Men's inclination to the marvellous has full opportunity to display itself....It is true; Lucian, passing by chance through Paphlagonia, had an opportunity of performing this good office. But, though much to be wished, it does not always happen, that every Alexander meets with a Lucian, ready to expose and detect his impostures.--David Hume, "Of Miracles."
I agreed with Art [Goldberger] that the Bell Curve was bad social science and ethically suspect as well. However, I wished that the book would just go away. Rather than make a large personal effort, along with many others, to debunk the Bell Curve, I would have preferred to write new papers and make positive contributions. Nevertheless, Art persuaded me that the challenge had to be met. So we both worked for several months to hone our arguments and write the JEL piece. In retrospect, I am proud of the result. I think we may have written the most careful and scientifically accurate critique that appeared during this sorry period for the social sciences. And I was happy to have coauthored with Art on a subject that he cared about perhaps more than any other.--Charles f. Manski "Arthur S. Goldberger 1930-2009: A Biographical Memoir" 2013.
There are genuine opportunity costs to engage with bad arguments, bogus science, impostures, and demagogues (as well as the self-deceived); it may also be very unpleasant to do so. Many of us, hard-working scholars and professors, skirt our duties to society in this respect. We should always be grateful to our peers who undertake this often thankless task. Without those peers, malicious and damaging falsehoods would go entirely unchecked. I want to use this occasion to salute Arthur Goldberger and Charles Manski for their beautiful and thorough (as well as devestating) review of The Bell Curve.*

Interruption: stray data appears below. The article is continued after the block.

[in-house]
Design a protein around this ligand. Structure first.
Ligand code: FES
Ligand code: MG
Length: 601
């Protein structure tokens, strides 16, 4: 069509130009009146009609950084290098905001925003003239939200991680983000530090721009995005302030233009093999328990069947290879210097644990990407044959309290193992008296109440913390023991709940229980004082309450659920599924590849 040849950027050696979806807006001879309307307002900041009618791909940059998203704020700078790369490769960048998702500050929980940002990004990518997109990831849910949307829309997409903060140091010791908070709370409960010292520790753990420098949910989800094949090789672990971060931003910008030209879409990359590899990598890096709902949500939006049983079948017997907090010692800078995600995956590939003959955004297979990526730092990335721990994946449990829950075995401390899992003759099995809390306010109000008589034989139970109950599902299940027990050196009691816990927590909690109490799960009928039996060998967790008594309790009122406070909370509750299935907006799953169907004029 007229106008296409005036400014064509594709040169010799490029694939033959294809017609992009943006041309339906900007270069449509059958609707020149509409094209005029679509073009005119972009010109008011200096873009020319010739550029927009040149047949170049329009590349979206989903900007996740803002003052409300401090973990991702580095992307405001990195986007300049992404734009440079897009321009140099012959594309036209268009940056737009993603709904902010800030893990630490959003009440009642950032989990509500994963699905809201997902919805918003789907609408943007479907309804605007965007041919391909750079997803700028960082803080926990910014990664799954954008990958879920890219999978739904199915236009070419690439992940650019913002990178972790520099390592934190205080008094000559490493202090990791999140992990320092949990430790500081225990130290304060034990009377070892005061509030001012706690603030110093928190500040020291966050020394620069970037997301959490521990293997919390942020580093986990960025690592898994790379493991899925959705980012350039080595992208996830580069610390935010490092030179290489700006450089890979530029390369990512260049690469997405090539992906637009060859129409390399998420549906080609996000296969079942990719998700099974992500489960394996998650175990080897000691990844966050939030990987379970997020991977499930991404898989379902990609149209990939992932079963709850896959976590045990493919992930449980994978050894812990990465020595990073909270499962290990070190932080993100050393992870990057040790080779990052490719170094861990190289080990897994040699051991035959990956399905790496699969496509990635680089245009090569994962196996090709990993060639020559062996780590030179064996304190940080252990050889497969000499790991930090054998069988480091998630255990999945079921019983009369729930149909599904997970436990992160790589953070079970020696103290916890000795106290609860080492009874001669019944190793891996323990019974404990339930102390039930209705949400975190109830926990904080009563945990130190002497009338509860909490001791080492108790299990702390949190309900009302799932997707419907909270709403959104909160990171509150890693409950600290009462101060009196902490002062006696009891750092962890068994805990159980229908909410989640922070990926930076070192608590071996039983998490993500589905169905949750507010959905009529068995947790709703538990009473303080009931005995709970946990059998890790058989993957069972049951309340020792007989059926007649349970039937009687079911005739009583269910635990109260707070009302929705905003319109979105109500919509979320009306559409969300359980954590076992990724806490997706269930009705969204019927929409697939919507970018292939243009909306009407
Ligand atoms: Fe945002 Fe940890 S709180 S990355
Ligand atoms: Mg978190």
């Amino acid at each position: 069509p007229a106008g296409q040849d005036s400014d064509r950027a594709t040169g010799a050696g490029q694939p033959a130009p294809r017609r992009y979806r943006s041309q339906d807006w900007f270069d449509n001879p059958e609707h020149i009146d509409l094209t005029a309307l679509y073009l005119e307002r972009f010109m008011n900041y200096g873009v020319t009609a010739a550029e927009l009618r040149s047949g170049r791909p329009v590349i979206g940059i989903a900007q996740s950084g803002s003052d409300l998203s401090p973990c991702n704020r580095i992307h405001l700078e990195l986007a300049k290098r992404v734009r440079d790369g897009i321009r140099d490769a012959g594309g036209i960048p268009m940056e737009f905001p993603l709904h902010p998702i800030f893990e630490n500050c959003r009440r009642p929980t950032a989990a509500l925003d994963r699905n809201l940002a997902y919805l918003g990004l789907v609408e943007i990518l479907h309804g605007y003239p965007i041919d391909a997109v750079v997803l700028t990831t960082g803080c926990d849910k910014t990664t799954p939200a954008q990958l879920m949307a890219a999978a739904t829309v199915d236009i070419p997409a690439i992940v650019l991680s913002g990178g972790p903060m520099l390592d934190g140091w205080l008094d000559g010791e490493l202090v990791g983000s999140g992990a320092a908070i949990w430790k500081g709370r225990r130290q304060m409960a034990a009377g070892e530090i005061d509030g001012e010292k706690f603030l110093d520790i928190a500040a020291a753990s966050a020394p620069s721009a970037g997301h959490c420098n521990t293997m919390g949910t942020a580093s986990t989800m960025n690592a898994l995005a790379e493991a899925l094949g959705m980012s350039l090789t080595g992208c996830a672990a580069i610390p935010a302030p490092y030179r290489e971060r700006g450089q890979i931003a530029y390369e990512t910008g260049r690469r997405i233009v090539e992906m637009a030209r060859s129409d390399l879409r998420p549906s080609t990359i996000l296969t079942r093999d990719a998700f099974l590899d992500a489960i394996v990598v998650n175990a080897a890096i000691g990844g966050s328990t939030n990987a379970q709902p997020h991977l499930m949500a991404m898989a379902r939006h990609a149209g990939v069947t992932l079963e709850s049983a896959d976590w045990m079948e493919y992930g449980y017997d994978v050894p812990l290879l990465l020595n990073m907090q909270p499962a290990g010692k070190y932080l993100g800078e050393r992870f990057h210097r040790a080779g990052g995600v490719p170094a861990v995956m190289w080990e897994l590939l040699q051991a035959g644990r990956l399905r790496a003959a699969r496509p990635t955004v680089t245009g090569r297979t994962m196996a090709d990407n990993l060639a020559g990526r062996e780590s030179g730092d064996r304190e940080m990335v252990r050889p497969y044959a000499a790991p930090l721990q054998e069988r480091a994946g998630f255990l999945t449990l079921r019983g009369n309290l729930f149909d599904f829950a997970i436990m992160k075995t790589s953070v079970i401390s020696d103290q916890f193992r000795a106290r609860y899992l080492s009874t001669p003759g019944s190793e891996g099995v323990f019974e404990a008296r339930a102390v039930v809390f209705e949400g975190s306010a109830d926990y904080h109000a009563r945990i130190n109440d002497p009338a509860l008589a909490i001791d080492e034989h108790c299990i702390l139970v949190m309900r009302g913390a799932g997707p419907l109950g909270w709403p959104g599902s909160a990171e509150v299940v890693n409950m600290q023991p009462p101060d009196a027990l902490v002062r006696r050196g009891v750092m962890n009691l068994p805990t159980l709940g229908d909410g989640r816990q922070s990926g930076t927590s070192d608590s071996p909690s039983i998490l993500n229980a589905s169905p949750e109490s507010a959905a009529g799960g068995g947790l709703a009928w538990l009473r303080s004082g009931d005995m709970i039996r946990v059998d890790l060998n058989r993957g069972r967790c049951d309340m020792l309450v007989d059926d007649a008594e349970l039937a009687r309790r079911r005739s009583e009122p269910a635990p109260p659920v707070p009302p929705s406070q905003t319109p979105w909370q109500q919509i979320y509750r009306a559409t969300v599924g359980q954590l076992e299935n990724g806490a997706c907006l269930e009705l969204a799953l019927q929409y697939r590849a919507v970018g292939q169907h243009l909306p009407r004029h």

A serious scientific book should be the culmination of a program of research that has been subjected to external scientific scrutiny, revised appropriately in the light of that scrutiny, and iteratively honed into a well-reasoned and credible final form. In this paradigm, research that purports to be scientific would first be reviewed on its scientific merits. Only if that review is passed successfully would society at large be concerned with the research.
HM and their publishers have done a disservice by circumventing peer review. The Bell Curve was sprung full blown without external external scientific scrutiny, but with beautifully orchestrated initial publicity. A vast stream of reactions in the general media followed immediately (e.g., New York Times Magazine, October 9, 1994; Newsweek, October 24, 1994; Time, October 24, 1994; The New Republic, October 31, 1994).
Through essays like ours, a process of scientific review is now under way. But, given the process to date, peer review of The Bell Curve is now an exercise in damage control rather than prevention. (776)
There is no doubt that the "paradigm" they describe is increasingly evaporating not just through the actions of (always present) unscrupulous agents, but through the increasing encouragement on academics and scientists by grant agencies and scientific administrators to ensure public impact and relevance of (sponsored) research. Given that technological innovations have made it easier to bypass "external scientific scrutiny," demand for traveling Lucians will increase.
*I have discussed Manski in the past.